Tokyo Electric Power Co. started cutting electricity to some areas Monday evening in an unprecedented effort to sustain power in the capital after Friday’s Tohoku megaquake crippled a key nuclear power facility.
The emergency plan, announced late Sunday, threw commuters into confusion. Many arrived at train stations early only to find that the scheduled morning and afternoon outages had been canceled. The railroads, however, had already reduced service in anticipation, creating huge commuter logjams.
The rolling blackouts started at 5 p.m. in parts of what Tepco calls Group 5 — a wide area covering Chiba, Ibaraki, Yamanashi, Shizuoka and five other prefectures — and lasted until 7 p.m., covering a critical period when power consumption peaks.
The zone also includes some 330,000 households in a number of municipalities in the Kanto region, including Yokohama and Kawasaki.
The postponement of the morning and afternoon outages was prompted by lower-than-expected demand as the government urged the nation to unplug unnecessary appliances and save energy.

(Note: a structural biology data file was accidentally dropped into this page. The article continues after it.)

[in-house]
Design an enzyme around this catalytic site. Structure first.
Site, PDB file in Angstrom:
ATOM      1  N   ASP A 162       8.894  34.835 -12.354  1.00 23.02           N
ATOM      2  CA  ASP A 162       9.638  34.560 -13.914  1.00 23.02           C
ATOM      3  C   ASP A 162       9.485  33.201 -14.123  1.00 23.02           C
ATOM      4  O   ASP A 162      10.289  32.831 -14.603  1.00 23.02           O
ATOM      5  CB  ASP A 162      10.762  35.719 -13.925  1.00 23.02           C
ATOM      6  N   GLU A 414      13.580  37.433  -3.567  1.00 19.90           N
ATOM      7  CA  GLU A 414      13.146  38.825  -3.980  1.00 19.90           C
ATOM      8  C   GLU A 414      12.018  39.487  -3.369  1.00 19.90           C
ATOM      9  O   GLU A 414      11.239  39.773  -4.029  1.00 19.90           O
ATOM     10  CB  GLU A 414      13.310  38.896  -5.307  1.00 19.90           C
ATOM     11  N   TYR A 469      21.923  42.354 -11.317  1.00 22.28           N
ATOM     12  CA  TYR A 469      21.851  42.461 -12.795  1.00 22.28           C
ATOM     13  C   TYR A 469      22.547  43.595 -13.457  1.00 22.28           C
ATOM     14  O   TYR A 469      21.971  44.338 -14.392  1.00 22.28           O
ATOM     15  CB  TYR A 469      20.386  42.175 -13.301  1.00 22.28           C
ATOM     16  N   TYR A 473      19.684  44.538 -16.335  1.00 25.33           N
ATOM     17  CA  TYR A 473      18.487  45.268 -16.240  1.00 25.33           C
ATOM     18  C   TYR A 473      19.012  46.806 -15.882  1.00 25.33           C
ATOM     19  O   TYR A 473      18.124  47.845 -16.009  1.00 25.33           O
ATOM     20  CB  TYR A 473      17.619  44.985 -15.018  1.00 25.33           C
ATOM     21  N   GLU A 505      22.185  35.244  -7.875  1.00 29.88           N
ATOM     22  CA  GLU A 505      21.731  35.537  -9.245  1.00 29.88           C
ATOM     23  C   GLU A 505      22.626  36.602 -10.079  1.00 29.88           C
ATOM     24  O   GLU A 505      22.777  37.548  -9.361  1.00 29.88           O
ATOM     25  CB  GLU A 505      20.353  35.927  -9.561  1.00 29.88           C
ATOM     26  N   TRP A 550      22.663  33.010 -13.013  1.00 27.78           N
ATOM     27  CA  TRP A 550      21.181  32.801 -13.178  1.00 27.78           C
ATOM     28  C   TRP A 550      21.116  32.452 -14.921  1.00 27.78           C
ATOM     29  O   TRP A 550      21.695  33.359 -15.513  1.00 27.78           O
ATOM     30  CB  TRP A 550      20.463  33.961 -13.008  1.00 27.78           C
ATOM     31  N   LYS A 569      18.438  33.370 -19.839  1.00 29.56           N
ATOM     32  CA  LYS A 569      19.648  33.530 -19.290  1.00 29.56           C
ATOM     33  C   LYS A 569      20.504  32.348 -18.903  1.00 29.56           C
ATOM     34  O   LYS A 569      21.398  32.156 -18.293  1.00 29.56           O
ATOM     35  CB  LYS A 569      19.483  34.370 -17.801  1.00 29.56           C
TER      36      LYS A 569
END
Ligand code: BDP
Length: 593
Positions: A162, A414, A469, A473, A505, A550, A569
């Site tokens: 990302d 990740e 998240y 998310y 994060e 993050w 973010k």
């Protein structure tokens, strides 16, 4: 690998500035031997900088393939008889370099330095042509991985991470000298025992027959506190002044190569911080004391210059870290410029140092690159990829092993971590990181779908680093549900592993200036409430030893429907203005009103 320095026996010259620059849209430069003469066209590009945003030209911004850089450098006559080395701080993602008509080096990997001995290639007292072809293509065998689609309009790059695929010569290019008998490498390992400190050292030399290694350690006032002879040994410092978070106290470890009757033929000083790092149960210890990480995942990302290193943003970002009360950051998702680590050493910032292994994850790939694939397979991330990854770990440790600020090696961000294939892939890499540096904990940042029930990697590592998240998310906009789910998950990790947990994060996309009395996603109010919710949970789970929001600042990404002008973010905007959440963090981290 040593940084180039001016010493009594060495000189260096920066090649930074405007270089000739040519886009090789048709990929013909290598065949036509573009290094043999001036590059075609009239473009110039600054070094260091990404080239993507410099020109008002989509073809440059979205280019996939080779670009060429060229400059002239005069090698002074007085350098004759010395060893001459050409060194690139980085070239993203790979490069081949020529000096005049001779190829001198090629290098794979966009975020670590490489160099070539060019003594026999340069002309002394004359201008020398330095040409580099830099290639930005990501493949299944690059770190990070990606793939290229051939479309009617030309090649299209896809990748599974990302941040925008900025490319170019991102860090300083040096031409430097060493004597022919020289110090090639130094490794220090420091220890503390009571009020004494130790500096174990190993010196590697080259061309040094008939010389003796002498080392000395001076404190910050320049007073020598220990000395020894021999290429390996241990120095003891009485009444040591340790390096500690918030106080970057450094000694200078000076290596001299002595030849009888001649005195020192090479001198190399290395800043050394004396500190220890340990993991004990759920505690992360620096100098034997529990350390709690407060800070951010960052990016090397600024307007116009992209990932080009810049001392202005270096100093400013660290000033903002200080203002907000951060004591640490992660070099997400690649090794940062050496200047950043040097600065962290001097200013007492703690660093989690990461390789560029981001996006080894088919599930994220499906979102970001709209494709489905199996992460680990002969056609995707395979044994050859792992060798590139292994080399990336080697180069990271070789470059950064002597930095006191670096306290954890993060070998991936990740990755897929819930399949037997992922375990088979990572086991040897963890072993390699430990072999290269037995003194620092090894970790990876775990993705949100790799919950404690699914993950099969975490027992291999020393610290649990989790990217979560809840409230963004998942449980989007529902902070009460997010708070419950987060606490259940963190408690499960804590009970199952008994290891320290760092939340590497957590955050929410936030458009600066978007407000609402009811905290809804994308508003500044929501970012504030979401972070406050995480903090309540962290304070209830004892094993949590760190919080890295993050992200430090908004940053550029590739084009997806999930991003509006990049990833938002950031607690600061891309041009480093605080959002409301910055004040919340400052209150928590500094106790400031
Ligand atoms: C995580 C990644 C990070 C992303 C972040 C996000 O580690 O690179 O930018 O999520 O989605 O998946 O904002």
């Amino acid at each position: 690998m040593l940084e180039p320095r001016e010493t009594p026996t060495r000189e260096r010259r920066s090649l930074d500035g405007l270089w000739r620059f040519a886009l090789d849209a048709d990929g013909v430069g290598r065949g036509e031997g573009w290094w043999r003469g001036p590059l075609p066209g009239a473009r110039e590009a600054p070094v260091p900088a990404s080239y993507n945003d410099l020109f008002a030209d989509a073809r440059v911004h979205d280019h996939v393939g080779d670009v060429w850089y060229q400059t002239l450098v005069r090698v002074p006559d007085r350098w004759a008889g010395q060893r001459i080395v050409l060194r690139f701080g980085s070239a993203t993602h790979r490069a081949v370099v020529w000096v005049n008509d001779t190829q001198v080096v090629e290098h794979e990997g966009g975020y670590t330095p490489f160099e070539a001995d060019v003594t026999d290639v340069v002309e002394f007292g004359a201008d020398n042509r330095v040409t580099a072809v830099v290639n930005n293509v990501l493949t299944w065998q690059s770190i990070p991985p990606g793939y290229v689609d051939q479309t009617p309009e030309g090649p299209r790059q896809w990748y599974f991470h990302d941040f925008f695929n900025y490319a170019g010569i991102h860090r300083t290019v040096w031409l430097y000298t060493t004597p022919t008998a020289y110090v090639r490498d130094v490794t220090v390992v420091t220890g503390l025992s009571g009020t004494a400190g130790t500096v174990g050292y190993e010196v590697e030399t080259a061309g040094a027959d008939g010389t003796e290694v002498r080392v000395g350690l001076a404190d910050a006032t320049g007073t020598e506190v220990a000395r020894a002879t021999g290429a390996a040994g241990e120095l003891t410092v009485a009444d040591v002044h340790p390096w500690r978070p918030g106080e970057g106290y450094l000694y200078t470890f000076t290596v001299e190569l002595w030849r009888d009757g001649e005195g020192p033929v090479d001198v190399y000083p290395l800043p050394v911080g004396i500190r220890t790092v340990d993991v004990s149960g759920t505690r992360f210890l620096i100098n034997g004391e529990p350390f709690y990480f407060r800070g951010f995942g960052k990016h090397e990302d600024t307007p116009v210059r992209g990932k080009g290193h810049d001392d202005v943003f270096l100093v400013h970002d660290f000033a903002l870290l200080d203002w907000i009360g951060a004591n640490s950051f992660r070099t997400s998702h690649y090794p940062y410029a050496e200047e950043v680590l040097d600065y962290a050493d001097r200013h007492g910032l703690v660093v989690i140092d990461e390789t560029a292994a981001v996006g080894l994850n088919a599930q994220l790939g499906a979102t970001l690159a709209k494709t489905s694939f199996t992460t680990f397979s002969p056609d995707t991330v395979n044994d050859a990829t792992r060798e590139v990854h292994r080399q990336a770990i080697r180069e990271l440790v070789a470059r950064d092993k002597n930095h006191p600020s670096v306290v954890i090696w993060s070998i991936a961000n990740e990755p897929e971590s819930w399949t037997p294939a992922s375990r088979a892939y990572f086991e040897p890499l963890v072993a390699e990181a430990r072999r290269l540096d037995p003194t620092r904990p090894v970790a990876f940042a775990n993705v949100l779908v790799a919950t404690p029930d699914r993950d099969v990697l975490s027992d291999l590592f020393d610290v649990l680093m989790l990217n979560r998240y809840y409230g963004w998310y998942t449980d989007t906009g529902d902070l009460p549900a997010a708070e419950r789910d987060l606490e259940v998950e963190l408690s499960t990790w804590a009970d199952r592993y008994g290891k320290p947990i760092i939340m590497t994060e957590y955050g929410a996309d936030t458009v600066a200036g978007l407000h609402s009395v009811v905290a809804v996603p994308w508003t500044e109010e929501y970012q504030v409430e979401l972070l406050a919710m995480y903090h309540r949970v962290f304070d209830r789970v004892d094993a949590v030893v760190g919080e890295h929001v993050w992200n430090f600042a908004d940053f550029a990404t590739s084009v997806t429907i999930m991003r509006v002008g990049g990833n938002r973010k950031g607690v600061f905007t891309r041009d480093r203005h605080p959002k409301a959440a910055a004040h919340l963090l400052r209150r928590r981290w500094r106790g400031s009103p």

To make up for the power shortage being caused by the nuclear crisis, Tokyo and eight other prefectures have been divided into five groups, each of which could experience electricity outages lasting three to six hours on a rotating basis, the utility said. A power outage had been planned from 6:20 a.m. in the first of the five groups.
Despite the postponement of the morning blackouts, train services were significantly disrupted throughout the day after railways canceled many operations as a pre-emptive measure to avert chaos.
Railways warned that Monday’s disorder may continue well into April, and as long as Tepco continues its rolling power outages.
A spokeswoman for Keio Electric Railway Co. said its operations Monday were limited to about 50 percent of a usual weekday, while some areas, including the stations west of Chofu, went out of service in the morning and the evening.
“Regarding our operations from tomorrow, it will all depend on how Tepco will proceed with the blackouts,” the spokeswoman said, adding there is a possibility the zoning for power outages could be modified by the electricity provider as well.
Because train operations are interlinked with electricity supply from Tepco, it is unlikely regular operations will resume until the rolling blackouts end. That is expected at the end of April at this point.
A spokesman for Tokyo Metro Co. echoed this view, saying chaos may continue for a while. The subway operator said it was able to cover only about 40 percent of its schedule in the morning, but eventually had about 80 percent of scheduled trains in operation.